by Mary E. Lowd
Originally published in Dancing in the Moonlight: Rainfurrest 2013 Charity Anthology
Jason’s brushy tail wagged like a flag as he trotted down the sidewalk in front of his house. He strained his neck against the leash, just a little, to help his master out. His master was always reluctant to go on walks, and the only explanation Jason could think of was that she must tire out easily. Heaven knew, Jason had energy to spare, so it was only fair that he help pull her along.
Inside the house, Jason’s master unclipped his leash, freeing the Collie pup of boundless energy to run from room to room until he found Myra, the aged Siamese cat.
“Myra!” he barked when he found her sitting in a windowsill. “I just went on another walk!”
Myra’s dark ears flattened, trying vainly to shut out the clamor of Jason’s barking.
“There were squirrels! And ducks! And I almost made it into the lake today, but the master’s feet seemed to get stuck, and she got so heavy, I just couldn’t pull her into the water!”
Blue eyes glared at Jason.
“Don’t worry,” he barked, “I’m sure I’ll pull her into the water tomorrow.”
The eyes kept glaring.
Jason felt compelled to make Myra understand how wonderful his walk had been, so he jumped his front paws up onto the windowsill beside her, bringing his nose into swatting range. Myra swatted him.
“What was that for!” Jason barked. “I was just trying to get close enough that you’d be able to hear me tell you about the squirrels and ducks!”
A sound rose in Myra’s throat — low and sinister — that made Jason’s nerves jangle. “I don’t care about squirrels and ducks,” she hissed. “Leave me alone.”
Jason couldn’t believe that. Of course, Myra cared about squirrels and ducks. How could she not? They were so exciting when they ran away from him! Maybe he hadn’t explained them well enough. Or… Well, the more Jason thought about it, maybe explaining squirrels and ducks wasn’t really enough. Maybe, one had to actually see them. Oneself.
“Do you ever get to go on walks?” Jason barked.
Myra skewed one of her ears and stared at Jason scornfully. She didn’t need to answer that question. They lived in the same house, day in and day out. He went on a walk every day. Sometimes their master took him to the beach. Myra slept on the sofa and the windowsill and behind the washing machine. She was in the house when he left on his walks. She was in the house when he came back. She was an indoor-only cat.
“Oh, I’m sorry, Myra,” Jason barked. He’d never thought before about what it would be like to miss out on chasing squirrels and ducks, meeting other dogs on their walks, and splashing in the ocean surf. Suddenly, Myra’s life looked very small to him.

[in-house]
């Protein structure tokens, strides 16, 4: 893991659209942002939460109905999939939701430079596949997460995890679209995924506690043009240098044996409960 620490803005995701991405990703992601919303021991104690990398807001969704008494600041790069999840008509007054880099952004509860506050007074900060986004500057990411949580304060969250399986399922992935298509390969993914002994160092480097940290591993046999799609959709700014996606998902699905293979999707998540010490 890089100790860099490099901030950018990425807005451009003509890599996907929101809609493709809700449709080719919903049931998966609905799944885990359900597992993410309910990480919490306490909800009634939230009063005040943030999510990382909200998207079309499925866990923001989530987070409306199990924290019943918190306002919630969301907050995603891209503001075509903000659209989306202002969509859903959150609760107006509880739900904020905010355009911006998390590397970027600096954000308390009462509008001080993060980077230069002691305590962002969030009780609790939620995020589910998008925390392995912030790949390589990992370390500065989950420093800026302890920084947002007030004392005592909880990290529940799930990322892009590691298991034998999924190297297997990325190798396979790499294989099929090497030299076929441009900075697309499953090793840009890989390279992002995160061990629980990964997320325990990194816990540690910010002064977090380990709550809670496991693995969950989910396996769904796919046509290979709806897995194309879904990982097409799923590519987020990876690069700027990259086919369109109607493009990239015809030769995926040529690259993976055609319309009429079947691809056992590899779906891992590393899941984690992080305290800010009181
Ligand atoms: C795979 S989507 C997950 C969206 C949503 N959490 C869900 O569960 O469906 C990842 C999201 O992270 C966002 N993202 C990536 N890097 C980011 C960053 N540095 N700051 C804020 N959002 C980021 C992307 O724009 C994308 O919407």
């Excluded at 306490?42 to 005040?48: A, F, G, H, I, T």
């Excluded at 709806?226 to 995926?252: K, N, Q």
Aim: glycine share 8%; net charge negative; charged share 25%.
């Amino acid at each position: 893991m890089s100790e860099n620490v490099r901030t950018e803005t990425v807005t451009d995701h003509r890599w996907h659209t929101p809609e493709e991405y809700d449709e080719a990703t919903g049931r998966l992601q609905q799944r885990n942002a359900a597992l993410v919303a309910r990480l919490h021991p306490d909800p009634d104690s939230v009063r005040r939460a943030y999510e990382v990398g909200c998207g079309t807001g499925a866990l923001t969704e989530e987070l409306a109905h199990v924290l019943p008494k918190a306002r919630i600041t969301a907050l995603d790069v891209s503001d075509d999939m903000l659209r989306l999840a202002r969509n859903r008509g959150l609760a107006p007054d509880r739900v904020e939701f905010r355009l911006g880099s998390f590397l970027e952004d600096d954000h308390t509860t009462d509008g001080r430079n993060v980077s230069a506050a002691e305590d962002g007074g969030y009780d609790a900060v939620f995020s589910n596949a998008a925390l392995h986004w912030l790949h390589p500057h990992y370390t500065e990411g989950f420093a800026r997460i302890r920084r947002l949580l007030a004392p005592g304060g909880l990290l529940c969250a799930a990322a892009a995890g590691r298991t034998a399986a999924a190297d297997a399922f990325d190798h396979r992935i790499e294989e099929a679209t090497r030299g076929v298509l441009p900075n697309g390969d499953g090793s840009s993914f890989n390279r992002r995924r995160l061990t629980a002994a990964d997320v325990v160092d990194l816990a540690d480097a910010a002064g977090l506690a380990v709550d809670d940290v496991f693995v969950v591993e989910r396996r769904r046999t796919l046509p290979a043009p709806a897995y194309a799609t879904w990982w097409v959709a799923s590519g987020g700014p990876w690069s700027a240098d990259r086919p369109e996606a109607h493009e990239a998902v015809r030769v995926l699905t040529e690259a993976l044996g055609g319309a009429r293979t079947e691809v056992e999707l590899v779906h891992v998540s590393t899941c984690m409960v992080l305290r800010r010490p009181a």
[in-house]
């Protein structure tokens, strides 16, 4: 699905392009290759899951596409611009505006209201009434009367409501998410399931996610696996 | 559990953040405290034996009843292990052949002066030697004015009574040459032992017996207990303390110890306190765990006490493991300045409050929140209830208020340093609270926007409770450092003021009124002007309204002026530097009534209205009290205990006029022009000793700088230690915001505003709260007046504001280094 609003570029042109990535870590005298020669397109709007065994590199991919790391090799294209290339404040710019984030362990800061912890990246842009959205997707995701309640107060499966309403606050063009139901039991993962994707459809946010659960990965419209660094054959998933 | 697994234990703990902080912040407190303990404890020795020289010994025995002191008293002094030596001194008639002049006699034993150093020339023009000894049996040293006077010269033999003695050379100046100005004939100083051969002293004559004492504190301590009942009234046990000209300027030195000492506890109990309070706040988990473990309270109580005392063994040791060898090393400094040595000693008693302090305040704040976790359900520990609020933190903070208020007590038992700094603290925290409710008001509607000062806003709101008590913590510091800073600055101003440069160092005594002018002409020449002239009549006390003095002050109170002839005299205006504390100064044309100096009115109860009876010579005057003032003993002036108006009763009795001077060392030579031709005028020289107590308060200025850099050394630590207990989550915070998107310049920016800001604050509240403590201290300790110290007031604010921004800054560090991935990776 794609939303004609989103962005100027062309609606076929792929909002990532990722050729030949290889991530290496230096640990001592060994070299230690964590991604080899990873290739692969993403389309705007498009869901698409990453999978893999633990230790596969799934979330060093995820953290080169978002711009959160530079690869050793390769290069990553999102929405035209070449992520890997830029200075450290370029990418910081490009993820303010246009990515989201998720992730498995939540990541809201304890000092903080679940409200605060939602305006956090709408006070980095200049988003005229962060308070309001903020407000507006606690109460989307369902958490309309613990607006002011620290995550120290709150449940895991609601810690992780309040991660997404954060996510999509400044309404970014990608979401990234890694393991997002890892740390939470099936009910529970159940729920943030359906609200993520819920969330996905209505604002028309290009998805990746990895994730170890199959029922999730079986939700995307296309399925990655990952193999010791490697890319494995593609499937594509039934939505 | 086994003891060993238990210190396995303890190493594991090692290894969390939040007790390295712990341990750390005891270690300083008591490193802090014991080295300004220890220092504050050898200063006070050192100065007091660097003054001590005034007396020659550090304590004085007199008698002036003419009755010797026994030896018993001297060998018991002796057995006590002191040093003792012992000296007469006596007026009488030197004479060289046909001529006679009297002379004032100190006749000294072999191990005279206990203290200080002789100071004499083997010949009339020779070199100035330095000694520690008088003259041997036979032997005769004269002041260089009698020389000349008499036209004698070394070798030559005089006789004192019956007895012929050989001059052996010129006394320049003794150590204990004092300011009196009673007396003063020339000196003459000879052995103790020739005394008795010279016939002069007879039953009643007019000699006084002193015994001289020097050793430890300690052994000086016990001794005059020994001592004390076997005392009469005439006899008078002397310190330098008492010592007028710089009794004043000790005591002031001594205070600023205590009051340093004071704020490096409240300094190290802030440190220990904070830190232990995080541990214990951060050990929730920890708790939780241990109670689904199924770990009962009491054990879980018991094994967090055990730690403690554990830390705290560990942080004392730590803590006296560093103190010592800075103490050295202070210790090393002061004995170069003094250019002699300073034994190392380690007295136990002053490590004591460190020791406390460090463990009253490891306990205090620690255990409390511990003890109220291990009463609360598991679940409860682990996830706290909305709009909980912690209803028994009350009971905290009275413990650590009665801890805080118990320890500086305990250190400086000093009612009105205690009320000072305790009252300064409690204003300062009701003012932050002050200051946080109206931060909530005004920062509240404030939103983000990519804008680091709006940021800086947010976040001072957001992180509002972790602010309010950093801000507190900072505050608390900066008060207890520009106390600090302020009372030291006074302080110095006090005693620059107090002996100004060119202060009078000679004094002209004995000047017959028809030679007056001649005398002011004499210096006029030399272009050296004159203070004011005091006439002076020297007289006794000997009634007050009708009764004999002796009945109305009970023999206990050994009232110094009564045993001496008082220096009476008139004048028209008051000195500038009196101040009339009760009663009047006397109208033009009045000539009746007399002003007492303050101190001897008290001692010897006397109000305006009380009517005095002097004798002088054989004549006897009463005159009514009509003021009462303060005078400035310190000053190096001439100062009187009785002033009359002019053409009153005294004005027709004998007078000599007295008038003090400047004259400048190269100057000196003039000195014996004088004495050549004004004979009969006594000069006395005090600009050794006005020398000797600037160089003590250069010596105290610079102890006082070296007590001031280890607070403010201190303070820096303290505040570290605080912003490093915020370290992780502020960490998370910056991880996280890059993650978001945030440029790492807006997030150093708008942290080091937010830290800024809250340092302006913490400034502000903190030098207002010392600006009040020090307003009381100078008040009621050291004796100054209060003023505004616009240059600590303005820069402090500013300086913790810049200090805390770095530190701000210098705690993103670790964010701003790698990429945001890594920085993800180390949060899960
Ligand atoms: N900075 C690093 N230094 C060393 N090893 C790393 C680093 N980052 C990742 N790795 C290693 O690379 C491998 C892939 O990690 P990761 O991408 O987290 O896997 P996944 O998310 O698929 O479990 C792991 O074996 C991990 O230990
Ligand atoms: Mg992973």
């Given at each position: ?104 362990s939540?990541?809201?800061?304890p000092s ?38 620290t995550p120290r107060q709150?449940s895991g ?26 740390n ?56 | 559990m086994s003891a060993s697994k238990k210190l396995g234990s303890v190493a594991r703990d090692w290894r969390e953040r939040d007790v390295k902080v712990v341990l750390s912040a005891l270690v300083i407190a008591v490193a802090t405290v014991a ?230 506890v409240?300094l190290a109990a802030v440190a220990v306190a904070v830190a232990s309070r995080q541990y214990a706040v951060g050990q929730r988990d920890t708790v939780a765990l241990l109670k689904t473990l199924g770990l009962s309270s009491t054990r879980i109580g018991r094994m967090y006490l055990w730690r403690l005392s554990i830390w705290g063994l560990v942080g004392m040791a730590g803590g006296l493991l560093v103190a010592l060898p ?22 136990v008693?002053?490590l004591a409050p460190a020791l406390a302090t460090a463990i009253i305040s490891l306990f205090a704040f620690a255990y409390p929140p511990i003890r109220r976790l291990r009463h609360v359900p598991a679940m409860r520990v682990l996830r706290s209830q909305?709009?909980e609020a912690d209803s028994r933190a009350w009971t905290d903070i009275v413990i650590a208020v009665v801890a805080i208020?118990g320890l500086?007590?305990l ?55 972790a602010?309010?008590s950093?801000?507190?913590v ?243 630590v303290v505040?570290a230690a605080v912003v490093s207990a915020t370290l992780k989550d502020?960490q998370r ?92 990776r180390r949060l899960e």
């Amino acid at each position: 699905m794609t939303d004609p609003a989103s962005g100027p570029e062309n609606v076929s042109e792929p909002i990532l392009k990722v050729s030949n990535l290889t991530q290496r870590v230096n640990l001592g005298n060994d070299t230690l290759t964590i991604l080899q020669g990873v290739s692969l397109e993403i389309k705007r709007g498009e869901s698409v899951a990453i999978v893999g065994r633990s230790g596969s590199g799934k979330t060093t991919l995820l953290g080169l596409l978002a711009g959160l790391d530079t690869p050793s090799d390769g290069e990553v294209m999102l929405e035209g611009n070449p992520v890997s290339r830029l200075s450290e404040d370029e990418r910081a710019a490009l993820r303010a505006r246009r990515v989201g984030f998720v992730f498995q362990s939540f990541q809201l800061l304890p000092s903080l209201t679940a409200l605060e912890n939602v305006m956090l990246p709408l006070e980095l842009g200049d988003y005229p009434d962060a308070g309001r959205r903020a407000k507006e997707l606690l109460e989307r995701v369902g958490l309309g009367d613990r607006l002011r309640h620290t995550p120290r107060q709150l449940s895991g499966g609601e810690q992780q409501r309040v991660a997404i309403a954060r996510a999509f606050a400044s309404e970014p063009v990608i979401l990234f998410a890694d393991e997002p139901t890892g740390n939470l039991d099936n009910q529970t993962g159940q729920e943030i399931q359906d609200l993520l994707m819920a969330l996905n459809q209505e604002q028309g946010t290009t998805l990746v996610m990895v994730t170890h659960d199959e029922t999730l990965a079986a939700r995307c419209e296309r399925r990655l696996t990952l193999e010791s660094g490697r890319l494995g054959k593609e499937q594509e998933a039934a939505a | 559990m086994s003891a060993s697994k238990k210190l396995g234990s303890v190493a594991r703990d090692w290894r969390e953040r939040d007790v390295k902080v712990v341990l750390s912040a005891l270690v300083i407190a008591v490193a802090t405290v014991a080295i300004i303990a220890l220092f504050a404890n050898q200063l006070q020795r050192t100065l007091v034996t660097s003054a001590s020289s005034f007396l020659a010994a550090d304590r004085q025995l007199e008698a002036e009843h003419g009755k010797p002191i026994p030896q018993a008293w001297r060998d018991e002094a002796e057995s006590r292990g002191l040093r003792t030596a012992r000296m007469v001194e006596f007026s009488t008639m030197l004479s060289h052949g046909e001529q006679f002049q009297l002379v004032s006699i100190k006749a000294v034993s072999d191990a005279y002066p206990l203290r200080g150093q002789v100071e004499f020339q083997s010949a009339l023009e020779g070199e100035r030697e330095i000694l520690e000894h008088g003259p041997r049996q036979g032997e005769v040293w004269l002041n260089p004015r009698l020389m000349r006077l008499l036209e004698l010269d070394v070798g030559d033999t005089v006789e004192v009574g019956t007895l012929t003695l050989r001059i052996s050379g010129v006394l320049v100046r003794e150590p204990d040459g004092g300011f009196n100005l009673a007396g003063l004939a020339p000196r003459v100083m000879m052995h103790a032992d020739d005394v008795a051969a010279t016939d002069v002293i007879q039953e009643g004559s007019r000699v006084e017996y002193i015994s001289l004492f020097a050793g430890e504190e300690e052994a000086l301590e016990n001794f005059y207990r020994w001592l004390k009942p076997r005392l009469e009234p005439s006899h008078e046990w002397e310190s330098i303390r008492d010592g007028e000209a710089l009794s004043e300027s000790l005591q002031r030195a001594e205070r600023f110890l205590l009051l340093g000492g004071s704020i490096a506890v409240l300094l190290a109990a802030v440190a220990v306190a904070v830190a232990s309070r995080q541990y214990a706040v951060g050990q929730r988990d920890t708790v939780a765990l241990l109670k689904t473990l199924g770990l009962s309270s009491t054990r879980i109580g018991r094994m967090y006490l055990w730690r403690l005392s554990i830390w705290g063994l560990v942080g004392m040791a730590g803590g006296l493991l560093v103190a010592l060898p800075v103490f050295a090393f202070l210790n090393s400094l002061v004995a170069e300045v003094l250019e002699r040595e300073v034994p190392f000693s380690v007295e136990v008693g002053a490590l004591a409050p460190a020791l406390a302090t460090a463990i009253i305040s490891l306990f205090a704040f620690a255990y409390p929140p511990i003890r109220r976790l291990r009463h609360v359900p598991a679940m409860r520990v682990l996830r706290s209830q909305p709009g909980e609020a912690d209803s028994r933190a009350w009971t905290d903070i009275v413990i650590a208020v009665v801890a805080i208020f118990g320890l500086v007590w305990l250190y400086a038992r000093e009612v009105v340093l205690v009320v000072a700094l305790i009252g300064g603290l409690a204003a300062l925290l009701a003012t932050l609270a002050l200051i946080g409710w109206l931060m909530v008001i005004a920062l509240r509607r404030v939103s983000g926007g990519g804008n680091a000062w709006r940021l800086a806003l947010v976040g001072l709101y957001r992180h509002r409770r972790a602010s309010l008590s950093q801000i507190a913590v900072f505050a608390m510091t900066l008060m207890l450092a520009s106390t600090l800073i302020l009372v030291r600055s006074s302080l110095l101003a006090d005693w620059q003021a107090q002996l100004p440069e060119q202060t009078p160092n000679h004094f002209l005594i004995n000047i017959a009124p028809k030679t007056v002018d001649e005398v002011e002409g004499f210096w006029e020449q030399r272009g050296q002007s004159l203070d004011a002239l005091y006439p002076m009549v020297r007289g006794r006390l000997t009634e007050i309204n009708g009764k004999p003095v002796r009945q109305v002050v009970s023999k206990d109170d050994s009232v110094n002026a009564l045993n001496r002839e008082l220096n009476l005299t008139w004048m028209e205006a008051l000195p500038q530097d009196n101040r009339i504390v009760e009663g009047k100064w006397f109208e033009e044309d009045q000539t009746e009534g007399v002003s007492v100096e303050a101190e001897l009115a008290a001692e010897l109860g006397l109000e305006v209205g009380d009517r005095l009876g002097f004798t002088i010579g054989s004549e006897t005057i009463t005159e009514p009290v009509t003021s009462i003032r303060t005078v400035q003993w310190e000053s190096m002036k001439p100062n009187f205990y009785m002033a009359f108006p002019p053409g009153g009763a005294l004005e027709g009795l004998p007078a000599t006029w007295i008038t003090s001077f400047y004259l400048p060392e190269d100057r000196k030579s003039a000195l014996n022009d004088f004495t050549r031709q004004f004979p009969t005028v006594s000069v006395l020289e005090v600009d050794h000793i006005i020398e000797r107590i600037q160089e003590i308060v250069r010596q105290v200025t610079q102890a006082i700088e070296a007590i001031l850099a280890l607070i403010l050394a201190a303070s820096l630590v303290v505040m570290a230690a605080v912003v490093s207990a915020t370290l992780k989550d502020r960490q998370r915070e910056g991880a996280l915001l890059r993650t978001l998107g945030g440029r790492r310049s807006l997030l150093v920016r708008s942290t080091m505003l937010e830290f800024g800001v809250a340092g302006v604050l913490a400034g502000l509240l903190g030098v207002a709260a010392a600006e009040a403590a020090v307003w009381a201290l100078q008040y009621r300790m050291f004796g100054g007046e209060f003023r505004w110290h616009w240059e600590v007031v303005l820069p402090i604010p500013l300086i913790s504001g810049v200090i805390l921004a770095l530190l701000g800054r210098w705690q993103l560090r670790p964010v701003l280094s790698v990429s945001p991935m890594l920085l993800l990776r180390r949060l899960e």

In his moment of sympathy for her, Jason looked up into Myra’s blue eyes and saw the room they stood in reflected in miniature. He saw himself, brown eyes and bushy brown fur, looking sad and concerned staring back from inside the confines of that little world. But, as he stared, he felt himself drawn in deeper, down into the tiny, reflected world inside those blue eyes.
Inside Myra’s eyes, the glass panels of the windows behind her melted away, becoming portals to a magical realm. In that realm, squirrels and ducks didn’t run from her. They chittered and squawked in languages Jason had heard before but never understood. The squirrels brought her gifts of nuts and berries, and the ducks fanned her with their wings, calling her a queen. They held dances in her honor. All night long, the ducks and squirrels whirled and twirled together in the shimmering moonlight beside the lake.
Myra lived years among them, longer than Jason would live in a lifetime, and when she died, her life would only be a tiny part of the great string of lifetimes she would live — each life a pearl on a necklace worn by a great goddess cat Jason had never imagined. A cat who’s ears were black holes and eyes were stars. Her whiskers were gossamer nebulae.
Jason glimpsed snatches of Myra’s other lives:
— a black cat sniffing a bubbling cauldron as a woman poured potions into it and chanted–
— a great striped tiger, running through the dappled light of a jungle–
— a giant beast with a whiskered face, a sinuous spine, dozens of legs, and wings that blotted out the sky–
— a brown dog, an overgrown puppy really, barking uselessly at a Siamese cat he loved but didn’t understand…
Oh! That was Jason. And in that moment of infinite regression, Jason felt himself falling into himself and into himself, over and over again, through the double mirror of his own and Myra’s eyes. There were depths inside those feline eyes that Jason had never imagined.
Then, Myra looked away, breaking the spell and snapping Jason back into himself. She turned her pale blue eyes toward the glass wall of the windowpane, an impenetrable barrier to her frail, cat’s body.
Jason watched her, stunned into silence, for once. She could not follow him into the world outside their house. But she had worlds inside her that he could only barely begin to smell.